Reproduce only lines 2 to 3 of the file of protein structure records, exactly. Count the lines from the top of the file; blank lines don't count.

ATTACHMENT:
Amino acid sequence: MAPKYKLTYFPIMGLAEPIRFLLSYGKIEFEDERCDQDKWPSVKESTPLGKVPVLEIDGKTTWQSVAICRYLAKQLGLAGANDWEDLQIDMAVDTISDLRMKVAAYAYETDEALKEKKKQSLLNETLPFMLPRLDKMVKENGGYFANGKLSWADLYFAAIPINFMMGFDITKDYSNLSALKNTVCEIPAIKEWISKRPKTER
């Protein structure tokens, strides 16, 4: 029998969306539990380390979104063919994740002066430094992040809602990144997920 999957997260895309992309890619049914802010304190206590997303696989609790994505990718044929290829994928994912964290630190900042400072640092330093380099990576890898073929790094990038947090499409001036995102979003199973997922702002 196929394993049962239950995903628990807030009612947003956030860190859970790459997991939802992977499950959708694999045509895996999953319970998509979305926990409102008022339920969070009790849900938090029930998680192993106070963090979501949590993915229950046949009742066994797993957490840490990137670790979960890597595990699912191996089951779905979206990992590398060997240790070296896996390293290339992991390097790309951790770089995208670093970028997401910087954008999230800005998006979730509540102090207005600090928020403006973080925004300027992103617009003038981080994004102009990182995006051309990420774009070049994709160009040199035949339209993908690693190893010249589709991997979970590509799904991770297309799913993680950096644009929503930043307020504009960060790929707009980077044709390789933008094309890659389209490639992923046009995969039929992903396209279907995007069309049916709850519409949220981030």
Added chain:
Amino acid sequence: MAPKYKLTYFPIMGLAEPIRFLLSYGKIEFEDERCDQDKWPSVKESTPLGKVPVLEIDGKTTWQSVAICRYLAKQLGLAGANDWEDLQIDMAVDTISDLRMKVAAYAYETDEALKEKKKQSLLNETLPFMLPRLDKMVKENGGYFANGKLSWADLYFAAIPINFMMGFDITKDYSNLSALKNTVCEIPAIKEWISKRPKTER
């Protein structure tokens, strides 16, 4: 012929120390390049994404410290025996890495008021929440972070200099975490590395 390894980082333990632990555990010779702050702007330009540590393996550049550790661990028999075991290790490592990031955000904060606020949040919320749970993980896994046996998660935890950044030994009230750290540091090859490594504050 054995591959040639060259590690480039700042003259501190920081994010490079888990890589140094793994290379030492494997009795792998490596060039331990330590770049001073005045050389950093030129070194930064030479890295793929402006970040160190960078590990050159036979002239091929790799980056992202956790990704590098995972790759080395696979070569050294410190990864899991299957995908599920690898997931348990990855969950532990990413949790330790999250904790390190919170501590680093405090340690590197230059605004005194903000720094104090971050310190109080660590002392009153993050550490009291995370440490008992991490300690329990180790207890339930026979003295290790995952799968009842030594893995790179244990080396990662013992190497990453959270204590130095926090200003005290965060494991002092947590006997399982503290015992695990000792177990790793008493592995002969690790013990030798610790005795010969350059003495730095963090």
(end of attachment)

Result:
């Protein structure tokens, strides 16, 4: 029998969306539990380390979104063919994740002066430094992040809602990144997920 999957997260895309992309890619049914802010304190206590997303696989609790994505990718044929290829994928994912964290630190900042400072640092330093380099990576890898073929790094990038947090499409001036995102979003199973997922702002 196929394993049962239950995903628990807030009612947003956030860190859970790459997991939802992977499950959708694999045509895996999953319970998509979305926990409102008022339920969070009790849900938090029930998680192993106070963090979501949590993915229950046949009742066994797993957490840490990137670790979960890597595990699912191996089951779905979206990992590398060997240790070296896996390293290339992991390097790309951790770089995208670093970028997401910087954008999230800005998006979730509540102090207005600090928020403006973080925004300027992103617009003038981080994004102009990182995006051309990420774009070049994709160009040199035949339209993908690693190893010249589709991997979970590509799904991770297309799913993680950096644009929503930043307020504009960060790929707009980077044709390789933008094309890659389209490639992923046009995969039929992903396209279907995007069309049916709850519409949220981030």
Added chain: